A group of educators, experts and parents have delivered a petition with more than 1,500 signatures to the Education Ministry, rejecting Indonesia’s new school curriculum which will see science and social studies dropped as core subjects in July.
“[The new curriculum] will not answer the country’s education problems,” said Siti Juliantari Rachman, a researcher at Indonesia Corruption Watch (ICW), on Friday. “This petition is a symbol of our rejection and was signed by more than 1,500 people who are against the implementation of the new curriculum.”
The ICW, parents, teachers and practitioners started the petition on Dec. 5 after they failed to reach an agreement with ministry officials following a series of talks.
The Education Ministry has argued that the current primary school curriculum is putting too much strain on students, and that it is looking to limit subjects taught in elementary schools to just six, eliminating science, social studies and making English language classes an elective subject.
The new curriculum would contain religion, nationalism, Indonesian language, math, arts and sports.
But despite its argument that the new curriculum would be less of a burden on students, the ministry decided to increase school hours to 38 per week from 32.
The new curriculum sparked controversy and polarized the nation when it was revealed in December, with proponents of the plan arguing that their children had long felt overburdened by the curriculum.
But opponents of the plan argued that it would make Indonesians less competitive in the globalized market and discriminate against those who could not afford to send their children to private English and science tuition centers.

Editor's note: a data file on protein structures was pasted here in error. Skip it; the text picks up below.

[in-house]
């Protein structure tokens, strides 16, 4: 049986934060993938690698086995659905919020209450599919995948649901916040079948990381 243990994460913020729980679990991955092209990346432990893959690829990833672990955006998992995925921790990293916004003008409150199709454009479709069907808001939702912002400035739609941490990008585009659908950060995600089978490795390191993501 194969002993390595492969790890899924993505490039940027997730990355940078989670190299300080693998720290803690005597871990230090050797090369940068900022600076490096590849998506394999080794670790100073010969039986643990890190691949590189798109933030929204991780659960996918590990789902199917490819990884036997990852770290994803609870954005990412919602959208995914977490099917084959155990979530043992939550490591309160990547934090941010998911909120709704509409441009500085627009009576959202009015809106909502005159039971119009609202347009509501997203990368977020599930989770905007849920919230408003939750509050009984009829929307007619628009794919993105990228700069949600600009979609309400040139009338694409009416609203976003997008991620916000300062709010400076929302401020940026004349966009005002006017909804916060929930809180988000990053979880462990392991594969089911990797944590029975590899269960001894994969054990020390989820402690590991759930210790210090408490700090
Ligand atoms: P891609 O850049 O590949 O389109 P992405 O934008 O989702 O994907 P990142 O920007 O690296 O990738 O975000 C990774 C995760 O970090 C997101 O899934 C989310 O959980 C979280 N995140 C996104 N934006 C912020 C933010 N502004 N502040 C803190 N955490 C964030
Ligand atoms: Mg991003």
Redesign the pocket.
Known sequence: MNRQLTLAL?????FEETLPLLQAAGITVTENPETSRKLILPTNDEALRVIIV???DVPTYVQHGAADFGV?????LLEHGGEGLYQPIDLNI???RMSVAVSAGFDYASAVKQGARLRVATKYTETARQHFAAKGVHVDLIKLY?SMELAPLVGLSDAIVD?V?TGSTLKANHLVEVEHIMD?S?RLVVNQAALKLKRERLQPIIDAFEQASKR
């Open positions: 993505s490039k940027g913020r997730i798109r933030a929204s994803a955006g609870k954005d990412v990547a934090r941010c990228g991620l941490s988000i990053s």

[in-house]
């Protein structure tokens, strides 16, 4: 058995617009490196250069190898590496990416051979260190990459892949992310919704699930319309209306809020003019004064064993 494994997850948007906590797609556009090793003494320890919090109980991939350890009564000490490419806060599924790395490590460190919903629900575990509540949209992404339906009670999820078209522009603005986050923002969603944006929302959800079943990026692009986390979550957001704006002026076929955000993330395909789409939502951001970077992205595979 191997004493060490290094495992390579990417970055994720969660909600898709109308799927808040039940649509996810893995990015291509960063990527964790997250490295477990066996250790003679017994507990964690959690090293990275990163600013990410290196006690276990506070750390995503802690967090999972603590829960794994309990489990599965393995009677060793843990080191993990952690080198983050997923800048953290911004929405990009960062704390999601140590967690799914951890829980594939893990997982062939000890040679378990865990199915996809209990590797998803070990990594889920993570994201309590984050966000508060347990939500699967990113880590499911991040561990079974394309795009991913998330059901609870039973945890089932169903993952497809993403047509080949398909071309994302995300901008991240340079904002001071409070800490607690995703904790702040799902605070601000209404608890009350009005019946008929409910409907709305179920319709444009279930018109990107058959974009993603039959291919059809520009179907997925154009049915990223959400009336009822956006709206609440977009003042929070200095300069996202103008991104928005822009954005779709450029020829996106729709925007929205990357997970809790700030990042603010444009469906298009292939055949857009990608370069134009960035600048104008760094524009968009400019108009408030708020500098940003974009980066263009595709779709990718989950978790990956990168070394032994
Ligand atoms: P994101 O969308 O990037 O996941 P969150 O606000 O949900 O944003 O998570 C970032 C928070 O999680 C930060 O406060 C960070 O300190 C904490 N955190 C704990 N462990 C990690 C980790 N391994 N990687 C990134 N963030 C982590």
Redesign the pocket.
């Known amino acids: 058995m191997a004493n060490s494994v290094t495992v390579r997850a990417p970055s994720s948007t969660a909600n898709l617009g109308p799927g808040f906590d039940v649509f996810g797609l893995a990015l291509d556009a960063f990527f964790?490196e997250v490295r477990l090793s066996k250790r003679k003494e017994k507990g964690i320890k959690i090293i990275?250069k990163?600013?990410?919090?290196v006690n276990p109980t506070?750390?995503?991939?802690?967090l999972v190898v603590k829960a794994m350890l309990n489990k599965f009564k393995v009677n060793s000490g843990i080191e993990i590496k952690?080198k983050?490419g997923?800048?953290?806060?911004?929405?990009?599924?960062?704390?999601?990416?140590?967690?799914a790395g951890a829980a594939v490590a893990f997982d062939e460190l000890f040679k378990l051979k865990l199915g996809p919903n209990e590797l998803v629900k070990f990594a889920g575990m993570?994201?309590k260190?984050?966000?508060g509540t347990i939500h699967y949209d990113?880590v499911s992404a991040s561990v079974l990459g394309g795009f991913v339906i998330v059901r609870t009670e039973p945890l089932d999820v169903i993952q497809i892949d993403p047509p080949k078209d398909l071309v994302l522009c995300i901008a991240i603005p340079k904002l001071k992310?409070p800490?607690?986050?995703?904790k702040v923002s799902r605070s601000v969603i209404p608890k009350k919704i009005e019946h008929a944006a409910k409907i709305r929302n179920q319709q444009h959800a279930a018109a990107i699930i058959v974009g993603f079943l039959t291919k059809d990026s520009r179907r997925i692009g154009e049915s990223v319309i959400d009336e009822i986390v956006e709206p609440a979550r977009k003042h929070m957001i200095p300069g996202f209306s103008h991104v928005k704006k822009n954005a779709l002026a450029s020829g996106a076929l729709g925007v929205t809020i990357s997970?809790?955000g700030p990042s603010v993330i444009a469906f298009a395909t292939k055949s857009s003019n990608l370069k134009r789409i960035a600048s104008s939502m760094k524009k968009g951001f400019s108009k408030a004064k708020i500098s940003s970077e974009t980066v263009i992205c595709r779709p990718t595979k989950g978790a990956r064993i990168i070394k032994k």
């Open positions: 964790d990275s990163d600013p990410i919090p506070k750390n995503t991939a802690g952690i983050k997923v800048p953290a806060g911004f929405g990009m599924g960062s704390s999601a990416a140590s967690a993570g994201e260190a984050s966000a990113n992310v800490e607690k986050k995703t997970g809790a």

The government has requested Rp 2.49 trillion ($257 million) to develop and implement the national school curriculum, which experts say could be used to address the discrepancy in the numbers of quality teachers between major cities and remote areas of the country.
“More than half of the budget will be used to purchase books and it’s not a secret that books procurement is an easy target for corruptors,” Siti said.
ICW reported that since 2004 to 2011 there were at least six corruption cases in books procurement that cause the state loss worth of Rp 54.9 billion.
Education Minister Mohammad Nuh said on Thursday that despite mounting criticism, the government would not postpone the implementation of the new curriculum.
“There will be no cancellation, we are going forward with the new curriculum, and there are only a few people who are speaking against the new curriculum anyway,” he said.